Do you have a teacher on your staff that would fall under the category of “Burned out?”
I am reading Adam Grant’s amazing book, Give and Take, for the second time, and the topic of teacher burnout made me write this post.
As a school administrator, I meet with teachers all the time who are feeling frustrated and on the verge of just giving up. I also have known teachers who would be identified as the classic burned out teacher.
I wish I could say that all the teachers on my staff come to work every day happy and enthusiastic, giving their best effort in the classroom, but of course, I can’t, and this bothers me.
I want my teachers to shine and keep shining. Our kids need our teachers to keep shining.
I believe it’s the school administrator’s responsibility to keep teacher burnout from infecting his/her school.
So, what causes teacher burnout?
I always thought it was the constant demands placed on our teachers and the lack of support from parents, colleagues and yes, school administrators. What I learned from Adam’s book, however, really got me thinking.
Although the demands and lack of support are contributing factors to teacher frustration, Adam shares, “Teachers are vulnerable to giver burnout because of the unique temporal experience that defines education. Even though teachers interact with their students on a daily basis, it can take many years for their impact to sink in. By then, students have moved on, and teachers are left wondering: did my work actually matter?”
Teachers, as with all kinds of “givers,” need to see the fruits of their labor in order to keep their enthusiasm and energy high.
You know this is true. I used to love it when former students would come back to see me. Why is that? It’s because I was able to actually see one of those “fruits of my labor.” It had an energizing effect to see a successful high school student or college graduate who had spent a year in my class.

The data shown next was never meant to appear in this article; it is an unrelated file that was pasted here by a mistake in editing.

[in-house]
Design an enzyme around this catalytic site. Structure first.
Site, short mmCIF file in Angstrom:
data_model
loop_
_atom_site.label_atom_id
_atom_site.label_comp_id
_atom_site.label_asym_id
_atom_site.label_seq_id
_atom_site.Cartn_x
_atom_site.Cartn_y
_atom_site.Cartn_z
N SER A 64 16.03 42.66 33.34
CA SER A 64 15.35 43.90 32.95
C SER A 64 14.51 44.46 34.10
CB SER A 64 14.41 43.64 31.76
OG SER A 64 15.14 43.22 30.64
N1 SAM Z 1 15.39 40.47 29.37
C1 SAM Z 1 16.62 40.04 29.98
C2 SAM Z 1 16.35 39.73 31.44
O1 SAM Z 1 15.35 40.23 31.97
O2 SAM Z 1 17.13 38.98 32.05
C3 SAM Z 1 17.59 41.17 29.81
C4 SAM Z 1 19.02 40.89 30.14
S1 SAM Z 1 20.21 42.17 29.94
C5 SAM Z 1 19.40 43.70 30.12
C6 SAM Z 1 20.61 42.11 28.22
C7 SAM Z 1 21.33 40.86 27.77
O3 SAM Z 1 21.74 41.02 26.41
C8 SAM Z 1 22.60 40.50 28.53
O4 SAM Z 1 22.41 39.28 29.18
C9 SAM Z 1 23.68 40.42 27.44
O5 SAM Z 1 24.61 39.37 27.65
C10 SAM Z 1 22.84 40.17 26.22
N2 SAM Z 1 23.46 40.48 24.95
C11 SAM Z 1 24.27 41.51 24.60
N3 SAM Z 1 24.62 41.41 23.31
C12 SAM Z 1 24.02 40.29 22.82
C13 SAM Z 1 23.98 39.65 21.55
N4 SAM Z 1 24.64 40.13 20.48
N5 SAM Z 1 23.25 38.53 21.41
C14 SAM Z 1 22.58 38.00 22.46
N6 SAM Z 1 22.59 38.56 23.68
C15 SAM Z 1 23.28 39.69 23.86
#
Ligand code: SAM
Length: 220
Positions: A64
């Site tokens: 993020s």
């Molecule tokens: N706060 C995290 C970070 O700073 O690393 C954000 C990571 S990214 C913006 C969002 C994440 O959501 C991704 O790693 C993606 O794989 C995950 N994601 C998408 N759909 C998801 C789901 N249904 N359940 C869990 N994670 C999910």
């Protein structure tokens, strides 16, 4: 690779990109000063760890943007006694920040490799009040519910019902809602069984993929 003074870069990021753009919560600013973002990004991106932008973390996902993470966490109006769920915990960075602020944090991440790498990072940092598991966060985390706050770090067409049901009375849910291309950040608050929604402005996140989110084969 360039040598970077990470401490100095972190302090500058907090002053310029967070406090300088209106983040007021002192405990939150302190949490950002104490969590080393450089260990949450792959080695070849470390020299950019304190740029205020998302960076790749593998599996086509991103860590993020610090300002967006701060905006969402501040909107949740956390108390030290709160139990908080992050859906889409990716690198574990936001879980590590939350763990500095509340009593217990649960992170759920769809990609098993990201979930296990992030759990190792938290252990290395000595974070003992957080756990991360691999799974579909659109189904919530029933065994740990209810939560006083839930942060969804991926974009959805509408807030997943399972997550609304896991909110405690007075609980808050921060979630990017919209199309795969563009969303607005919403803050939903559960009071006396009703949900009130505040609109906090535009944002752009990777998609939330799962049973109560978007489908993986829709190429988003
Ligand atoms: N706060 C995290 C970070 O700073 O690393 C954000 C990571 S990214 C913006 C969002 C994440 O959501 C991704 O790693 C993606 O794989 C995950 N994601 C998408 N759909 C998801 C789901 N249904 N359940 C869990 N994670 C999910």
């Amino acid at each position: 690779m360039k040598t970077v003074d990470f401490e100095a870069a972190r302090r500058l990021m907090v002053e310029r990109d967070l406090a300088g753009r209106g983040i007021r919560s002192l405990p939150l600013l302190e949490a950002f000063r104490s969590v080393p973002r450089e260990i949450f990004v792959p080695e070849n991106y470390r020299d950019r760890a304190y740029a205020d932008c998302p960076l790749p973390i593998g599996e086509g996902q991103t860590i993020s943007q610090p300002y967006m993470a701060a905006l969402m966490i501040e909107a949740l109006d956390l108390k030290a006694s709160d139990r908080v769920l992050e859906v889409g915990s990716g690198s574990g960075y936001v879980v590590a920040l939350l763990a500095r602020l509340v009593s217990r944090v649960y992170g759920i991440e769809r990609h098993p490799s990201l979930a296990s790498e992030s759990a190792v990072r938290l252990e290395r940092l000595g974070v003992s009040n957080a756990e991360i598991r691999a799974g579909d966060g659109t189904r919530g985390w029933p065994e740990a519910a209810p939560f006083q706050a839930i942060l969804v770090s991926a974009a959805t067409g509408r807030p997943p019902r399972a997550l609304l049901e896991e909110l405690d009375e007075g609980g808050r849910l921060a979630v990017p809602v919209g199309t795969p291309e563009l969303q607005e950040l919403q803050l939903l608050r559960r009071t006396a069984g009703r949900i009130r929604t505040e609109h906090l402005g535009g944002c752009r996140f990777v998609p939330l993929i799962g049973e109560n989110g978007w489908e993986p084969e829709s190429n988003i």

So how does Adam Grant’s research help me to keep my teachers from burning out?
I need to be the one to remind them on a constant basis that their work matters.
Mrs. Smith may not ever see Johnny again after he leaves her class at the end of the year. You know Johnny. He’s the one that Mrs. Smith spent hours helping after school, investing her time and energy, so he would be able to graduate. He’s the one that Mrs. Smith spent her own money on, so he could go on the class trip. At the end of the year, Johnny’s gone, and Mrs. Smith is hoping that her efforts with Johnny mattered.
According to Adam Grant, Mrs. Smith is susceptible to burning out, because she’s such a giver. If Mrs. Smith doesn’t see that her efforts are having an impact, her light might just dim as the years go on.
I’ve been in education a long time, and I’ve actually seen this happen. It’s sad to see so many teachers begin to lose their enthusiasm for teaching.
What can I do as the school administrator?
I’m glad you asked.
What if I could find Johnny, and have him come back for a visit, or even write a letter to Mrs. Smith? I think that would brighten Mrs. Smith’s light again. Right?
What if I could have Johnny record a video for Mrs. Smith from his college campus, thanking her for her efforts. Wouldn’t that be awesome?
As a school administrator, can you identify teachers on your staff who are beginning to burn out?
I know I can.
With Adam Grant’s research in hand, I’m am going to begin to look for ways to show my teachers that their work matters. The effort and time that they invest in their students is valuable, and I am going to remind my teachers of this.
I cannot sit back and allow my teachers to burn out. It would be irresponsible for me to do so. Now that I understand the cause of teacher burnout, I am better prepared to address it as the school administrator.
If you haven’t read Give and Take by Adam Grant, I believe it’s a must read for anybody in educational leadership.
Until next time, here’s to your journey toward School Administration Mastery!